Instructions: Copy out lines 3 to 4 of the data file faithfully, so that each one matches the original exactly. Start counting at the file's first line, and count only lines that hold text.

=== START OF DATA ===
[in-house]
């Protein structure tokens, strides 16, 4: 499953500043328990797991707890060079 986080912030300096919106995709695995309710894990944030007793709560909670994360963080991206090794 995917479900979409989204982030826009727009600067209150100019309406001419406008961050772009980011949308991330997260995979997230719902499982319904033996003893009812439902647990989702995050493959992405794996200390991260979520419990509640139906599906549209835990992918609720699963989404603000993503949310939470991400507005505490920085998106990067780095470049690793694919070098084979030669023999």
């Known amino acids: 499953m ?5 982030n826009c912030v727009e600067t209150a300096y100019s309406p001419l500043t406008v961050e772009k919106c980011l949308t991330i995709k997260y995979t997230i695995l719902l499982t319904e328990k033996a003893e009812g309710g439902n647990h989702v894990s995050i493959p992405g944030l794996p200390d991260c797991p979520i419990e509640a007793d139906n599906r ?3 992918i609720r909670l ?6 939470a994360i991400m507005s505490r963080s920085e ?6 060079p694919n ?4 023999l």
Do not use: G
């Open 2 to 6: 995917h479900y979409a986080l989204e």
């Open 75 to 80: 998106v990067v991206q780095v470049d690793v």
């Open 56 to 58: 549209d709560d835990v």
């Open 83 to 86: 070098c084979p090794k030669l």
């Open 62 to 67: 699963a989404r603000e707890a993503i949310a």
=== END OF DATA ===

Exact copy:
């Known amino acids: 499953m ?5 982030n826009c912030v727009e600067t209150a300096y100019s309406p001419l500043t406008v961050e772009k919106c980011l949308t991330i995709k997260y995979t997230i695995l719902l499982t319904e328990k033996a003893e009812g309710g439902n647990h989702v894990s995050i493959p992405g944030l794996p200390d991260c797991p979520i419990e509640a007793d139906n599906r ?3 992918i609720r909670l ?6 939470a994360i991400m507005s505490r963080s920085e ?6 060079p694919n ?4 023999l």
Do not use: G